Women have made great strides in academia in recent decades, but they still aren’t on equal footing with men. Men outnumber women among full-time university faculty. Female professors’ salaries lag behind men’s. Perhaps this disparity is partly the result of how many plaudits men get for their scholarly research—and how many they give themselves. Recent research shows that in the sciences, at least, men are more likely than women to deem their own work new and profound.
For a new study, published yesterday in the journal BMJ, researchers from Harvard, Yale, and the University of Mannheim, in Germany, analyzed the gender of the authors of more than 6 million scientific studies published from 2002 to 2017. Then, they determined whether the authors had used promotional-sounding words, such as remarkable and unprecedented, in the titles and abstracts of the journal articles to describe their research. The most commonly used positive word throughout all the studies was novel, and men used it 59 percent more often than women did. Men also considered their findings “unique” and “promising,” among other flattering words, more often than women did.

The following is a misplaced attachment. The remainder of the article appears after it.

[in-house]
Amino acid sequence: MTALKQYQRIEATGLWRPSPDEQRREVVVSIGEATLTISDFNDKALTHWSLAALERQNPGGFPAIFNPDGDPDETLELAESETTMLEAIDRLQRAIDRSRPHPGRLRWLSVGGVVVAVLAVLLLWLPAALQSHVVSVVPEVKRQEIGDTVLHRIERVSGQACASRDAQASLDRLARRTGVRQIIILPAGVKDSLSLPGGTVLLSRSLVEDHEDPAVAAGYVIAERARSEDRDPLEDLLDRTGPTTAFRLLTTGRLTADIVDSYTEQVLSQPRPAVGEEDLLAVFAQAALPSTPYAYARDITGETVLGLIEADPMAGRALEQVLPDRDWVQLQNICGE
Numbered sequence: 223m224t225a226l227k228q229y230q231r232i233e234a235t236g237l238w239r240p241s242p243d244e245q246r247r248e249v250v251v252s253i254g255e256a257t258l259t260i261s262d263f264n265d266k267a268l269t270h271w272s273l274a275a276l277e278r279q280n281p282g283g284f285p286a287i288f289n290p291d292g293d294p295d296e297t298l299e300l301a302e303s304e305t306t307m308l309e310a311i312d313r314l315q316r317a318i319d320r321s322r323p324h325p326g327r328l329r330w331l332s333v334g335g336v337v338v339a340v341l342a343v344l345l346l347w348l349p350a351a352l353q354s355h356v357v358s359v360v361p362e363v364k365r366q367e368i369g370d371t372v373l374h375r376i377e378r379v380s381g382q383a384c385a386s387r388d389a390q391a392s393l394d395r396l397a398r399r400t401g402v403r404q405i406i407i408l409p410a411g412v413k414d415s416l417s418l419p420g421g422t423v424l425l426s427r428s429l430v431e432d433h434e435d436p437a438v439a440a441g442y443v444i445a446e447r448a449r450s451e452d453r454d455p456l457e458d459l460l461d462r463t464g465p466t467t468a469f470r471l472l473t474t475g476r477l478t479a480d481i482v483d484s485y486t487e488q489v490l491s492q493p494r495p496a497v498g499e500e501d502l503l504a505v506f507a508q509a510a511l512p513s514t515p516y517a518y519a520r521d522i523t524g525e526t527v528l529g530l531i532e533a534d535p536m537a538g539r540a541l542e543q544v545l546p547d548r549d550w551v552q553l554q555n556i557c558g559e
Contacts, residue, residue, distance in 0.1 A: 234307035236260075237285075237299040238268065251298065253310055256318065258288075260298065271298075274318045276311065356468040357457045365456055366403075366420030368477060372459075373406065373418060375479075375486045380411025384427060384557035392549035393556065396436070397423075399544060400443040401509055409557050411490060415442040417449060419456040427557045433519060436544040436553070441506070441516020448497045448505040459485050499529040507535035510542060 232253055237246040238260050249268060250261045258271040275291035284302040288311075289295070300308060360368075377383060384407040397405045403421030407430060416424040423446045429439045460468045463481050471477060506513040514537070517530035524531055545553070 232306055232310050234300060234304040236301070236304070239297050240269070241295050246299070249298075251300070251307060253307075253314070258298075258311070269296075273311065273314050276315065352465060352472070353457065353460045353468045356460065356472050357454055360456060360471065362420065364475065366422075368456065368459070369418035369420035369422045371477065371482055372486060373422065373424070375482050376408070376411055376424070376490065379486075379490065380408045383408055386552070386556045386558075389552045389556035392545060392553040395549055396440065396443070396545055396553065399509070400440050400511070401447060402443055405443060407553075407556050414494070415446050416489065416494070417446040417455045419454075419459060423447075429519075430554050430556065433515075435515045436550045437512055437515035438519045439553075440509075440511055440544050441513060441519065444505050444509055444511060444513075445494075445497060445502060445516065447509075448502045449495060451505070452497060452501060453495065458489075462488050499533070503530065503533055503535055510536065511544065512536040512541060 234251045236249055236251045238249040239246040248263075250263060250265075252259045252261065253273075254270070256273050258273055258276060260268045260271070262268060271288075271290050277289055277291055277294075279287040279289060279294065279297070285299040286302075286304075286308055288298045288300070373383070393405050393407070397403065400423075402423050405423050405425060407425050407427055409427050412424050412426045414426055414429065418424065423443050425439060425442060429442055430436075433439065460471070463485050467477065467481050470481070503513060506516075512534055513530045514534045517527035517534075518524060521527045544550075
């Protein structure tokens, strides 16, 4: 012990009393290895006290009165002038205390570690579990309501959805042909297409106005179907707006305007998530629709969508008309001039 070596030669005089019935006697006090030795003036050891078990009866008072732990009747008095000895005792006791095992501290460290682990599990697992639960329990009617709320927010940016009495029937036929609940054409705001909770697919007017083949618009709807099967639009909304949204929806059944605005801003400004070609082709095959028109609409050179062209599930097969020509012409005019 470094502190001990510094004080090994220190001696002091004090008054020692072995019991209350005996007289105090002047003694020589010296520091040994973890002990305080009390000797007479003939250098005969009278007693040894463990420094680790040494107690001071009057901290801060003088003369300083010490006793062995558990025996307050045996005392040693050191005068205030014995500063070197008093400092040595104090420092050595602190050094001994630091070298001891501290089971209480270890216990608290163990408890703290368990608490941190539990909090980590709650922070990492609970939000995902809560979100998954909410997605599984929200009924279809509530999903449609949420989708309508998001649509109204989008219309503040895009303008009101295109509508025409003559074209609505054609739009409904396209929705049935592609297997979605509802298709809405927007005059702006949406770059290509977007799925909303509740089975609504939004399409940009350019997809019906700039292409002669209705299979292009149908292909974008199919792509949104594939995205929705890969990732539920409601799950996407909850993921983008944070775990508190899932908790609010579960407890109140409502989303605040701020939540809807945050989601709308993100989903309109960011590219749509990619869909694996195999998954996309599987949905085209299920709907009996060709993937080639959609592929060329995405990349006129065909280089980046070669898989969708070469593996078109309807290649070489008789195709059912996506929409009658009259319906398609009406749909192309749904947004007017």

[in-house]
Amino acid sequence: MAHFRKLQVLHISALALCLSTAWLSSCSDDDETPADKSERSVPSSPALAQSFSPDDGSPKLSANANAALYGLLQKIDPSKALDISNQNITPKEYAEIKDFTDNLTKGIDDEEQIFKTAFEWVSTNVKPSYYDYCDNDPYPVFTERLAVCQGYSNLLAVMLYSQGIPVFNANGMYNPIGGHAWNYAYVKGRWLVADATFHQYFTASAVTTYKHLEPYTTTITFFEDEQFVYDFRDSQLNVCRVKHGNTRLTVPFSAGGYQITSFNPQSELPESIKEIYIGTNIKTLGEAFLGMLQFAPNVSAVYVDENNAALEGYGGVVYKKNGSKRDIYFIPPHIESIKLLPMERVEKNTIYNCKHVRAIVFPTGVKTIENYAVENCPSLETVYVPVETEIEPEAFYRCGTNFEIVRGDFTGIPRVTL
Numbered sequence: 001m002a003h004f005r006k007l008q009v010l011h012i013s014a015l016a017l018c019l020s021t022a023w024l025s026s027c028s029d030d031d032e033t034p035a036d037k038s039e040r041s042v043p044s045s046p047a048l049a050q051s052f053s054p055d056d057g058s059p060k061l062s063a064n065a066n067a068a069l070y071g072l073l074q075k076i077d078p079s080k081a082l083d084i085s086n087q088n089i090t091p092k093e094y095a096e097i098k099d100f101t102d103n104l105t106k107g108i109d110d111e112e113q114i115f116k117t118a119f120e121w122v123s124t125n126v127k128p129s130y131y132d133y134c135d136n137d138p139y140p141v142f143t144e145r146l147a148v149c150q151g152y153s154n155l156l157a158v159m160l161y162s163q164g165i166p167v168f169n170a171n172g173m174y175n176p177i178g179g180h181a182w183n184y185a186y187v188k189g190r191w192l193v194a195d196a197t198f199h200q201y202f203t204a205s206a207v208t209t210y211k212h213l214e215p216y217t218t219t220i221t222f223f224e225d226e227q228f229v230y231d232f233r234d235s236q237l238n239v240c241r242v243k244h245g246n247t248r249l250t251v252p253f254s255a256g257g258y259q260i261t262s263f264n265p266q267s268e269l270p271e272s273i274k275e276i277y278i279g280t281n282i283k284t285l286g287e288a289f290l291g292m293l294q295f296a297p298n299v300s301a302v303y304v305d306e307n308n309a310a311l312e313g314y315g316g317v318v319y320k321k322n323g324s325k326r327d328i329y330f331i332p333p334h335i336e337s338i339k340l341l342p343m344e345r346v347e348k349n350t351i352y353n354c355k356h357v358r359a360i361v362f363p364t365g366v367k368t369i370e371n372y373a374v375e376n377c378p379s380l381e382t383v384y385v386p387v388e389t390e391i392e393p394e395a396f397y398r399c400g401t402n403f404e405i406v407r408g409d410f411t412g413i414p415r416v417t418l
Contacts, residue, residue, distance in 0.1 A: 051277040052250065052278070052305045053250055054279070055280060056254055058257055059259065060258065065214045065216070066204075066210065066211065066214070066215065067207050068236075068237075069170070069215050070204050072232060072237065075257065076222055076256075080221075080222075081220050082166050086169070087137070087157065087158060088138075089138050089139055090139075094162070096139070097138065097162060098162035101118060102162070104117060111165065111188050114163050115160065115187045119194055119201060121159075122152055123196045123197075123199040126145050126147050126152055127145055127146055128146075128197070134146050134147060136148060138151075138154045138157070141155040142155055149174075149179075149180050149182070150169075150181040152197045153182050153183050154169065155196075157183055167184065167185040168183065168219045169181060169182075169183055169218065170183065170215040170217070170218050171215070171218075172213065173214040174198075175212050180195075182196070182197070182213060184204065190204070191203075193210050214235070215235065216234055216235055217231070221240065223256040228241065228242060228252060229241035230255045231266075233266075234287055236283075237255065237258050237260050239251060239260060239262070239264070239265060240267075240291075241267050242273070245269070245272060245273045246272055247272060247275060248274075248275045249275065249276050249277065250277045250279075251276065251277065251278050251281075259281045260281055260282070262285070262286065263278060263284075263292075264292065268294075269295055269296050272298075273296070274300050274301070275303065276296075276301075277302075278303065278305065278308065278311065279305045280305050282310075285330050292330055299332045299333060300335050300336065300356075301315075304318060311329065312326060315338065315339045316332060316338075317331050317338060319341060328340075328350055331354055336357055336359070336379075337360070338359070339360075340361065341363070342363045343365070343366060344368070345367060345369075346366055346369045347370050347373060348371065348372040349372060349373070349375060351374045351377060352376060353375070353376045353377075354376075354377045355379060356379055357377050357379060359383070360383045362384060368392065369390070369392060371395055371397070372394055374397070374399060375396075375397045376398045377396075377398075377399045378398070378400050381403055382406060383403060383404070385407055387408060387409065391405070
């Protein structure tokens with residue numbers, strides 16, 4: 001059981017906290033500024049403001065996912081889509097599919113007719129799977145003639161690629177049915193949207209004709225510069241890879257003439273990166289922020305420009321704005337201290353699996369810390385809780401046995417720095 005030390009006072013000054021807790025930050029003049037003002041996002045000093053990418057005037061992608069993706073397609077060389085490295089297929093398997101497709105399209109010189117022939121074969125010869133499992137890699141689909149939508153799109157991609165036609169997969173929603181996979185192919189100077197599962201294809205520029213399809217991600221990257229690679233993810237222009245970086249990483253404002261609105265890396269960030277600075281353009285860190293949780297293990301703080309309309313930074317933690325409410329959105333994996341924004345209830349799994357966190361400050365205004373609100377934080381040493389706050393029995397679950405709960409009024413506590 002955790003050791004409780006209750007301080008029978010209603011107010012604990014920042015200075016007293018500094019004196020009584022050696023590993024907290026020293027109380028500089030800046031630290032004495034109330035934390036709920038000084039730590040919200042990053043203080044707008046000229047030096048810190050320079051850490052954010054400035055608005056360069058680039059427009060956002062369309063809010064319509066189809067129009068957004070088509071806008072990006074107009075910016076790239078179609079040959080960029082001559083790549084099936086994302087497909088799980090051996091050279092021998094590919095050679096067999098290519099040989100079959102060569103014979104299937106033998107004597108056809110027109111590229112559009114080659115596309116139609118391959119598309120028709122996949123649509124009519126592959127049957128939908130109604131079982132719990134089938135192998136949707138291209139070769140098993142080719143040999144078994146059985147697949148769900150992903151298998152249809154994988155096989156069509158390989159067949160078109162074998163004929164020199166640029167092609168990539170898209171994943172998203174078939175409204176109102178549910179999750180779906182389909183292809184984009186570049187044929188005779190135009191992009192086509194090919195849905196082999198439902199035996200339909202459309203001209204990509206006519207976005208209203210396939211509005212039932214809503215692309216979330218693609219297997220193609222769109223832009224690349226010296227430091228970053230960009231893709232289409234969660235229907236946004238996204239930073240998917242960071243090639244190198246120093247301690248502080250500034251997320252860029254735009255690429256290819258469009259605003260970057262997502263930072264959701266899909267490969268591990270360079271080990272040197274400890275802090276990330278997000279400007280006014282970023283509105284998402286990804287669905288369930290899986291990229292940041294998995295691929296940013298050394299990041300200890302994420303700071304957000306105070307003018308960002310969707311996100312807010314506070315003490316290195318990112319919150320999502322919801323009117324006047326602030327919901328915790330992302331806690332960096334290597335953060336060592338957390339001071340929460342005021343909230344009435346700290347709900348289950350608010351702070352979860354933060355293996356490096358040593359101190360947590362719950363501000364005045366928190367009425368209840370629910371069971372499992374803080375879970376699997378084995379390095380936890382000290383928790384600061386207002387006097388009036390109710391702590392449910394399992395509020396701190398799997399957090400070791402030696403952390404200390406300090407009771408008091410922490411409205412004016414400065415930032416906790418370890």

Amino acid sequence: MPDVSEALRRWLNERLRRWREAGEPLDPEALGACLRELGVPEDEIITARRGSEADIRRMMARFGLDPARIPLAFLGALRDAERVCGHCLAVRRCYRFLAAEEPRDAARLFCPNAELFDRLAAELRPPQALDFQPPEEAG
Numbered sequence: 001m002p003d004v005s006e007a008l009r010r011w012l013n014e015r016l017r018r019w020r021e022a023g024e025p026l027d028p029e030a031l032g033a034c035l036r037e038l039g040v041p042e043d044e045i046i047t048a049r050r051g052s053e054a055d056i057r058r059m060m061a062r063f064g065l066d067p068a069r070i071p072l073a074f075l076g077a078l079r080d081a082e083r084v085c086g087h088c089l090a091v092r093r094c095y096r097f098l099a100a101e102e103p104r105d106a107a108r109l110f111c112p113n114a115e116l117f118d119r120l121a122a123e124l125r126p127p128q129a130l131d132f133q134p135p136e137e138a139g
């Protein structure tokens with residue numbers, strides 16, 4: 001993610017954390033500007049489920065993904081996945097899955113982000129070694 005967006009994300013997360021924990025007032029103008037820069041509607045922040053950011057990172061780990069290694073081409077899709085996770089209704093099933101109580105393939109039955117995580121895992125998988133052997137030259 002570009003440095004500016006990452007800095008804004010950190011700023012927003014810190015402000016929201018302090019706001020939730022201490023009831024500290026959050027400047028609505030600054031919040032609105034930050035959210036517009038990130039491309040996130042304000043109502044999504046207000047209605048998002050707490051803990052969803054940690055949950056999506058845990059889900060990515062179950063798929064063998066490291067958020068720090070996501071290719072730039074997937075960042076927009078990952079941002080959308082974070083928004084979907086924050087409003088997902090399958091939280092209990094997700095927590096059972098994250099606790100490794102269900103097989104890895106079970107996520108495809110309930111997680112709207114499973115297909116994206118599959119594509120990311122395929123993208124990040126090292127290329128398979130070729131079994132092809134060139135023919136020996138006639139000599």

The researchers didn’t actually meet the millions of authors they were scrutinizing, so they had to do some guesswork. To determine the authors’ probable gender, they compared them to a large, tested database of names along with the gender the names are most often associated with. In cases where there were several authors, the researchers looked at the studies’ first and last authors, who are often the ones who make the largest contributions to the work, according to these researchers.